By Arjun Chandrasekar.
In simple terms, a stock market index shows the overall feeling of how an economy is progressing. An index, such as S&P 500, Dow Jones, and NASDAQ, is a composite, representative portfolio of investment holdings from a variety of companies across different industries. This “folder” of stocks can help investors compare current prices of stocks with past prices, and effectively calculate each stock’s overall performance and the market performance as a whole.
Mathematics is a huge part in calculations for the constriction of individual indexes. Indexes are used to track the movement and performance of different sections of the market. Investors can also invest in whole indexes, and can use them for their portfolio.
Some specific indexes focus on subsets of the market. For example, NASDAQ focuses on the technology sector of companies, so investors interested in tech companies would analyze the NASDAQ index. On the other hand, Dow Jones is in the industrial sector, so investors interested in companies such as IBM, Goldman Sachs, or United Technologies, would focus on this index. So on, so forth.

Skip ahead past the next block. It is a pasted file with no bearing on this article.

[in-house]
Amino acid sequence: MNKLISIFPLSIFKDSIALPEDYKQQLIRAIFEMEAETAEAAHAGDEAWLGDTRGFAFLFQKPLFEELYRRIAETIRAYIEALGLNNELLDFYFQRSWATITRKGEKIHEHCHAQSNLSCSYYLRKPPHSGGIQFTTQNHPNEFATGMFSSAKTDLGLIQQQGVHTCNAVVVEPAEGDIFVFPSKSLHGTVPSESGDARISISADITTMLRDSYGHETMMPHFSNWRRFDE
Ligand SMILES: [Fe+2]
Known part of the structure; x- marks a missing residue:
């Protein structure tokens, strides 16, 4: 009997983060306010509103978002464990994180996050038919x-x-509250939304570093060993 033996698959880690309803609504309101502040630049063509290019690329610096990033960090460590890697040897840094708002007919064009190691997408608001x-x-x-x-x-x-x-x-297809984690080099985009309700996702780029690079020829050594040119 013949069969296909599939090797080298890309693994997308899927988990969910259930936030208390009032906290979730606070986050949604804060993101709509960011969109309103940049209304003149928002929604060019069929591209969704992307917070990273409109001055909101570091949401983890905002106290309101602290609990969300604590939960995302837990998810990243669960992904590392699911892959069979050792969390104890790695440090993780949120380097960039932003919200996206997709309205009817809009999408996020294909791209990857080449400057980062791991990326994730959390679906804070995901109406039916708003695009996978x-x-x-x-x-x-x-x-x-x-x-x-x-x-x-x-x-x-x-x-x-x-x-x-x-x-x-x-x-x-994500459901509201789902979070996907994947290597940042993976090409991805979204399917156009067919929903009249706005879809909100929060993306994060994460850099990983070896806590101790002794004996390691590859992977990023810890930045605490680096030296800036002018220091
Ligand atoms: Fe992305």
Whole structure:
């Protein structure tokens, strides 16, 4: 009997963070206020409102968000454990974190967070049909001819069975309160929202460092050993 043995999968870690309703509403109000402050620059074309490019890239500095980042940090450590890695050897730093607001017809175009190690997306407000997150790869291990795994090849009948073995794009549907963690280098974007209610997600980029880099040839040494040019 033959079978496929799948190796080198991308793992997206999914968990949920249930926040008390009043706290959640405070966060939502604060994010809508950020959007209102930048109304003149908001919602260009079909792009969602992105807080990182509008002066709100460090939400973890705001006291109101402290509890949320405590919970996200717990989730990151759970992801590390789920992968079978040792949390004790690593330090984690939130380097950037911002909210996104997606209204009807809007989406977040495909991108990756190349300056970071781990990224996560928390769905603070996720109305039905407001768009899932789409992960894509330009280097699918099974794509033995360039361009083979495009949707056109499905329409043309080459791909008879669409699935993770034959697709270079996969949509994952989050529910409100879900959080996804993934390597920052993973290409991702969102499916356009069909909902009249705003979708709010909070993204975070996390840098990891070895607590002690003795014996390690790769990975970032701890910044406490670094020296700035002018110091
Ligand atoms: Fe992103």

As we already know, the most popular and major stock indexes are Dow Jones, S&P 500, and NASDAQ, but there are many others such as NASDAQ 100, Russell 2000, Russell 3000, Wilshire 5000, etc, that have lesser known companies within. This doesn’t necessarily mean investors won’t look into and invest in these, but the majority of investors watch more popular indexes and the companies within that have higher growth potential in their respective industries.
Overall, indexes are made and trading using a group of stocks. It’s a measured value of a section of the market, and is calculated using the prices of each stock within. Investors can diversify their portfolios by investing in multiple indexes adding on to the stocks they hold.